“There are a lot of rumors flying around the racing industry, and every now and then one is true and really troubling,” she said. “When I’ve gone to The Stronach Group with that information, they’ve always checked it out, and we’ve dealt with some issues that have turned out to be accurate.”
Guillermo’s primary contact at TSG is Mike Rogers, president of the racing division, who referred questions to chief operating officer Tim Ritvo. He confirmed Guillermo’s assertions.
“Mike’s a forward thinker,” said Ritvo. “He watches the culture change. As Kathy said yesterday, people within the industry made PETA aware of what happened in our game.”
Ritvo was referring to Guillermo’s comments at the March 28 meeting of the California Horse Racing Board.
“I started working for PETA because I don’t think animals should be experimented on,” she said, according to the transcript. “We got pulled into this industry because we couldn’t ignore the phone calls from the public and the phone calls from the people inside racing.”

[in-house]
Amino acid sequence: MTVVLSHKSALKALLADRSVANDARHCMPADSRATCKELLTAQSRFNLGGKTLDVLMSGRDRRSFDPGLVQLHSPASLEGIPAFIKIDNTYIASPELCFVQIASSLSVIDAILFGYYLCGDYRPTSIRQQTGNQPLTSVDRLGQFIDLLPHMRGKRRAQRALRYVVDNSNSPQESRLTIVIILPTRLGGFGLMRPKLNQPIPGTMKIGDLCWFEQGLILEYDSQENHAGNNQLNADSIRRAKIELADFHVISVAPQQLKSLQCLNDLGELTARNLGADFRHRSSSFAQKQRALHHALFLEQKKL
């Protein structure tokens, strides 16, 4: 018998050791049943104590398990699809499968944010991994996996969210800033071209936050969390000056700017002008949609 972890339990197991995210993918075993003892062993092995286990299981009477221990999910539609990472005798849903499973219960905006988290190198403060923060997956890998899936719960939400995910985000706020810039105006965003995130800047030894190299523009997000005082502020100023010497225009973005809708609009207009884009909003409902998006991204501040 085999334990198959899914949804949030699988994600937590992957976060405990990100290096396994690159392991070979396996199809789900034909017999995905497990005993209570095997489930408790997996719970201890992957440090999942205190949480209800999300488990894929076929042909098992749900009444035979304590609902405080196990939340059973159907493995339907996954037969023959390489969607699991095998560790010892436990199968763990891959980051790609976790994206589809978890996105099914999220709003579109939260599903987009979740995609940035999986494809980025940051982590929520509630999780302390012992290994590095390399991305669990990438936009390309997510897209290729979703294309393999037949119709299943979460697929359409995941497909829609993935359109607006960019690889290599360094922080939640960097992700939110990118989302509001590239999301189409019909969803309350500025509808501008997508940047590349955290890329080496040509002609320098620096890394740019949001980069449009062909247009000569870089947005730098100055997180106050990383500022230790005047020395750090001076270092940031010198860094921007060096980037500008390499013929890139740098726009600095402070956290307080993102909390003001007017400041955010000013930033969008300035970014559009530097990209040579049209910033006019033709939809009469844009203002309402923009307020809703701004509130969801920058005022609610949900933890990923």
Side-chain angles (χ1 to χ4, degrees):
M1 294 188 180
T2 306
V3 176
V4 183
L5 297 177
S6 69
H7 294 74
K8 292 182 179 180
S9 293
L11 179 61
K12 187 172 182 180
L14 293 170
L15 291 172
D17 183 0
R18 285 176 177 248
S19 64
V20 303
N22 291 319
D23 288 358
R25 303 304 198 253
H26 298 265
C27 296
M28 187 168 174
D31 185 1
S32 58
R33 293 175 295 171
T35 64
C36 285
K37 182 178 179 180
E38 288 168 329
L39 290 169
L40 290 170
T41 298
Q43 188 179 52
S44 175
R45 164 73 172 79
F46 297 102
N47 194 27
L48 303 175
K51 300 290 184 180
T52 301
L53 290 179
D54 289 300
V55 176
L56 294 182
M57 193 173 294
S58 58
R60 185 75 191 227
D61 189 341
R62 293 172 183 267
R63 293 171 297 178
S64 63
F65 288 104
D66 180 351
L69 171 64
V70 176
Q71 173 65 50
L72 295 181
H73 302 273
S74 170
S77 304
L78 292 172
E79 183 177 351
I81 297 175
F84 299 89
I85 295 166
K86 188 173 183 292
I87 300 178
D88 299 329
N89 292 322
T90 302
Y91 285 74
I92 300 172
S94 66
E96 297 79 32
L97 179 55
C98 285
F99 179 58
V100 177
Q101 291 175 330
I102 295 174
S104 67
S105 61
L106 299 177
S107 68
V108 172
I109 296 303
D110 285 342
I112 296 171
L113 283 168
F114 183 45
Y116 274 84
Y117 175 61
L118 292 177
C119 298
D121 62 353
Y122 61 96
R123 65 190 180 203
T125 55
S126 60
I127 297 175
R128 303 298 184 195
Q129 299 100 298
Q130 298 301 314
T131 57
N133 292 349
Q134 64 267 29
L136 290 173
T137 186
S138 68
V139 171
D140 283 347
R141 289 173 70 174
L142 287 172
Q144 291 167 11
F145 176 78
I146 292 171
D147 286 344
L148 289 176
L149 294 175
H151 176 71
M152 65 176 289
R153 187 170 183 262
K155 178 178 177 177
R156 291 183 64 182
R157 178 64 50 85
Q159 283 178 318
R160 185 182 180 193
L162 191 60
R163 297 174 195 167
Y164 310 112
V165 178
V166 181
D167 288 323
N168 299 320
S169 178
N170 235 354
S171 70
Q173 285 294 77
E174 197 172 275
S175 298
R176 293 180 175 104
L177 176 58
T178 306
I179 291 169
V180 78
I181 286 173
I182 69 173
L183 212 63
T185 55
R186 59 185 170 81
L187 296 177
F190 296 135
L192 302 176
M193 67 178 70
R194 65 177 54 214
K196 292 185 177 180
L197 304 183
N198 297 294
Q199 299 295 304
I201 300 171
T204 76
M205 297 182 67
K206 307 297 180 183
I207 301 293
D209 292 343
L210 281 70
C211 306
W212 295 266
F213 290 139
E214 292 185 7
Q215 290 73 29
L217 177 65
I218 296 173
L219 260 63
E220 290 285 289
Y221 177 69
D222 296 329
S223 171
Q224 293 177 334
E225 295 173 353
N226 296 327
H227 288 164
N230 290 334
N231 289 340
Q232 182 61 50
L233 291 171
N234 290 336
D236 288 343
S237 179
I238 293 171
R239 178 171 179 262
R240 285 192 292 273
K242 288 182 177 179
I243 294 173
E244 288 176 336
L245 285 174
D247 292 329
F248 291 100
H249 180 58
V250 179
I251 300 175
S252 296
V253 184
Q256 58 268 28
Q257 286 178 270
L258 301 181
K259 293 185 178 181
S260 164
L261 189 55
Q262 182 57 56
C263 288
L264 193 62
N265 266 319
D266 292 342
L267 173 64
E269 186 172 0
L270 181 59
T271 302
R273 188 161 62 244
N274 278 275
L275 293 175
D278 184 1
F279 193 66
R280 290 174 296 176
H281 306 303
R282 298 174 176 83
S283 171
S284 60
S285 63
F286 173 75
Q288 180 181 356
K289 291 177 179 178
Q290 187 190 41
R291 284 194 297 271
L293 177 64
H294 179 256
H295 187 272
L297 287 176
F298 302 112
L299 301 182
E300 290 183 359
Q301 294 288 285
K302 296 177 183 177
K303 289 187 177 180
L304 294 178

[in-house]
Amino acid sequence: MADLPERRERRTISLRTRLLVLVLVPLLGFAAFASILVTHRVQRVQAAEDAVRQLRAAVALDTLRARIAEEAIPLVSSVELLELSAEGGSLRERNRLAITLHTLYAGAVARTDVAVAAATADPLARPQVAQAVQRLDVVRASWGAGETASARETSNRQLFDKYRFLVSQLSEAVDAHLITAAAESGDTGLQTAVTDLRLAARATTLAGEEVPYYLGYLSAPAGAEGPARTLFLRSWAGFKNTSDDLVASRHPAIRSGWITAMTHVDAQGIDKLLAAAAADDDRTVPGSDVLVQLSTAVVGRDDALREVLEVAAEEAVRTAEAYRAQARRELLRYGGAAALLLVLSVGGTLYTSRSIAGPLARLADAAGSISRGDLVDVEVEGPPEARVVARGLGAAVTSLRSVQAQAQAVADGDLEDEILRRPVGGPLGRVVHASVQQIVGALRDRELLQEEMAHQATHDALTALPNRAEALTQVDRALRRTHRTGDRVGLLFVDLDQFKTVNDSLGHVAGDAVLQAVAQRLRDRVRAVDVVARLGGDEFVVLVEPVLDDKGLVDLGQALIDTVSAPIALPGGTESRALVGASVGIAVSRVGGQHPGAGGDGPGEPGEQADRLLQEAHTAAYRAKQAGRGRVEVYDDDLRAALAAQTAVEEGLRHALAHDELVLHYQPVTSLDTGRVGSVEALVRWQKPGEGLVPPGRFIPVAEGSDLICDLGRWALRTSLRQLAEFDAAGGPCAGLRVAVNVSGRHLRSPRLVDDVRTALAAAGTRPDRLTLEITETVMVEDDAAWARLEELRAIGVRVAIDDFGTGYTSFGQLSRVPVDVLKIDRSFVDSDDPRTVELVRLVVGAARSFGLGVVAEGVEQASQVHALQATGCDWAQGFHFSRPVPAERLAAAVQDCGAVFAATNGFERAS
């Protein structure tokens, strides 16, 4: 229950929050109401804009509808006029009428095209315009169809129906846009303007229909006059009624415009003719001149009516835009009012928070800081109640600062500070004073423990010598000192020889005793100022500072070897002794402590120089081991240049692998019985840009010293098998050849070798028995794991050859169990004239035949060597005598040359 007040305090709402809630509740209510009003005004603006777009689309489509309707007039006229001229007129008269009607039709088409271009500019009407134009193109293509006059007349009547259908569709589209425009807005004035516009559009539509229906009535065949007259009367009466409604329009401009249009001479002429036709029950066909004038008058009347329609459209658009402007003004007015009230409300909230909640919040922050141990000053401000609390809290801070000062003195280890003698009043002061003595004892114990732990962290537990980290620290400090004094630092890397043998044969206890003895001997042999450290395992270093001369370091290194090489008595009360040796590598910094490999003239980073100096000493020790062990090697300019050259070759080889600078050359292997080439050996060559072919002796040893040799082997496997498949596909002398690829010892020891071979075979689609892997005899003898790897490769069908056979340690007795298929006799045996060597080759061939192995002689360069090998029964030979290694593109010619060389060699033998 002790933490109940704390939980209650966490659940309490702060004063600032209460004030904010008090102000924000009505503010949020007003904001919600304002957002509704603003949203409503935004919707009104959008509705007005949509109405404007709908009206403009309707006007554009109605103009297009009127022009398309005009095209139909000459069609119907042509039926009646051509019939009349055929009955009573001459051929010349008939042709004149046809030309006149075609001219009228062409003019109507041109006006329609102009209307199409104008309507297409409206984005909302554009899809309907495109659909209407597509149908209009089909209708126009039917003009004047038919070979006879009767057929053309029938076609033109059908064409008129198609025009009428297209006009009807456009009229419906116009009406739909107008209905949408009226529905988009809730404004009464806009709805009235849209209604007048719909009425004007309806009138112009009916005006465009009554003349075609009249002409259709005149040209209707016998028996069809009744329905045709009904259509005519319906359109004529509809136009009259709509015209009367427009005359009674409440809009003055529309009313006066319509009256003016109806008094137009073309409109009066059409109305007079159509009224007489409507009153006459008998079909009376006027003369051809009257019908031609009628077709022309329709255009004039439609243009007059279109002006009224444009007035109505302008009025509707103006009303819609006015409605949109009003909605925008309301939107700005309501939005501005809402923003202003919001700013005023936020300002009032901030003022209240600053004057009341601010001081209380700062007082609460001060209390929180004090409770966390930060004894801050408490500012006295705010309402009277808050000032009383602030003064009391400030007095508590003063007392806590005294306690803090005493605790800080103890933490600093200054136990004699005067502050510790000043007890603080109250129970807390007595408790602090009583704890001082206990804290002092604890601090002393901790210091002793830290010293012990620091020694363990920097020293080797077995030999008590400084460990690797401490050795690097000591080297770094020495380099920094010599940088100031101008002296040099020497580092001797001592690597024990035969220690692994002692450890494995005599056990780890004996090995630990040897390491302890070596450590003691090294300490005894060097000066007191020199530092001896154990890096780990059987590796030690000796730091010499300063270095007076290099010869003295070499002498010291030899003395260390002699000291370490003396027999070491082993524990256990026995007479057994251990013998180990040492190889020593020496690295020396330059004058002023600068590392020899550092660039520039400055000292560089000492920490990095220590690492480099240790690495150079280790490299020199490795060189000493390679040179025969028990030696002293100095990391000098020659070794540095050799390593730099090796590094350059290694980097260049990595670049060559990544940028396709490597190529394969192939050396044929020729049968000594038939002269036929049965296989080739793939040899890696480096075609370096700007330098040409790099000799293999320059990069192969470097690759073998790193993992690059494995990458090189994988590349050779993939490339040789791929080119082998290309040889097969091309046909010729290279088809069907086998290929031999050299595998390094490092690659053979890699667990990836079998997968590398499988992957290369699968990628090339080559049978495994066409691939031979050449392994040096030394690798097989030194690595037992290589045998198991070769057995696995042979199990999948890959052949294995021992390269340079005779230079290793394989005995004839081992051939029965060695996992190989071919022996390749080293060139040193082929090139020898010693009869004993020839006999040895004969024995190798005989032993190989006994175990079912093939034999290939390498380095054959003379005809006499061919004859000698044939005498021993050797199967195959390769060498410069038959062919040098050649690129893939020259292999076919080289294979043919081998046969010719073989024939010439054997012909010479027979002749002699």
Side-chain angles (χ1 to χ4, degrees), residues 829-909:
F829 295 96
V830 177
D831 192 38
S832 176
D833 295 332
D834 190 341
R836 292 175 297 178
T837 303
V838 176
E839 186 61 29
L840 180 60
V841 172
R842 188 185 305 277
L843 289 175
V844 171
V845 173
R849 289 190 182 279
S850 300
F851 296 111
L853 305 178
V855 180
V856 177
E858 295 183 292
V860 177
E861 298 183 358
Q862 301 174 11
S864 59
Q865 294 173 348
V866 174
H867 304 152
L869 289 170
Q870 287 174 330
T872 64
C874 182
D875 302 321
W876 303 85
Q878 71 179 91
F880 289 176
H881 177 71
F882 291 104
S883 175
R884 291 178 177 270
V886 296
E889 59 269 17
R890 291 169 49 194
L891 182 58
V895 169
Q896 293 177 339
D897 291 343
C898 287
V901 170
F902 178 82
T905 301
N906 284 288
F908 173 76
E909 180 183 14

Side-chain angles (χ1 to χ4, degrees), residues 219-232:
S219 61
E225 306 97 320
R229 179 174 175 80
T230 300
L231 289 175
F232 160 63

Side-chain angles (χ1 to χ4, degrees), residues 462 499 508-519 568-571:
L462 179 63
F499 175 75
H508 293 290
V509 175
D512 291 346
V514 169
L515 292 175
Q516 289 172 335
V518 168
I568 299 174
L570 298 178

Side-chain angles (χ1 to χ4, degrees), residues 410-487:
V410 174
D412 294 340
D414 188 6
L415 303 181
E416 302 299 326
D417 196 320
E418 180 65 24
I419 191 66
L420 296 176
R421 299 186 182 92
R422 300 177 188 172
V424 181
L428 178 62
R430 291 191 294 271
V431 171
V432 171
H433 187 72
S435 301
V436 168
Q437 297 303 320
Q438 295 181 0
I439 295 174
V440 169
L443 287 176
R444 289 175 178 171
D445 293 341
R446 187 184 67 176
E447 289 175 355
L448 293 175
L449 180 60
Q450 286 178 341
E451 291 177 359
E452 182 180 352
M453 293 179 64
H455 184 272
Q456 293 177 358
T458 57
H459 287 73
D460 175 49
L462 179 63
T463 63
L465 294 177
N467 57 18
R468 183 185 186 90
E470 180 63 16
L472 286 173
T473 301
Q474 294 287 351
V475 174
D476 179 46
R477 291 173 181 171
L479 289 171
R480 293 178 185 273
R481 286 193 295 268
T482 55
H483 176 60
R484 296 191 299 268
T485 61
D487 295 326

In multiple on-the-record conversations, Guillermo has maintained that PETA’s goal is not to eliminate horse racing, a stance viewed with skepticism — at best — by most people in the racing industry. Their skepticism seemed justified when, on the day The Stronach Group’s letter was released, PETA tweeted its support of Santa Anita’s measure, concluding with, “Racing must go the way of the animal circus, but this will eliminate some of the misery on its way out.”
Referring to the demise of Ringling Brothers’ circus, the tweet has since been deleted.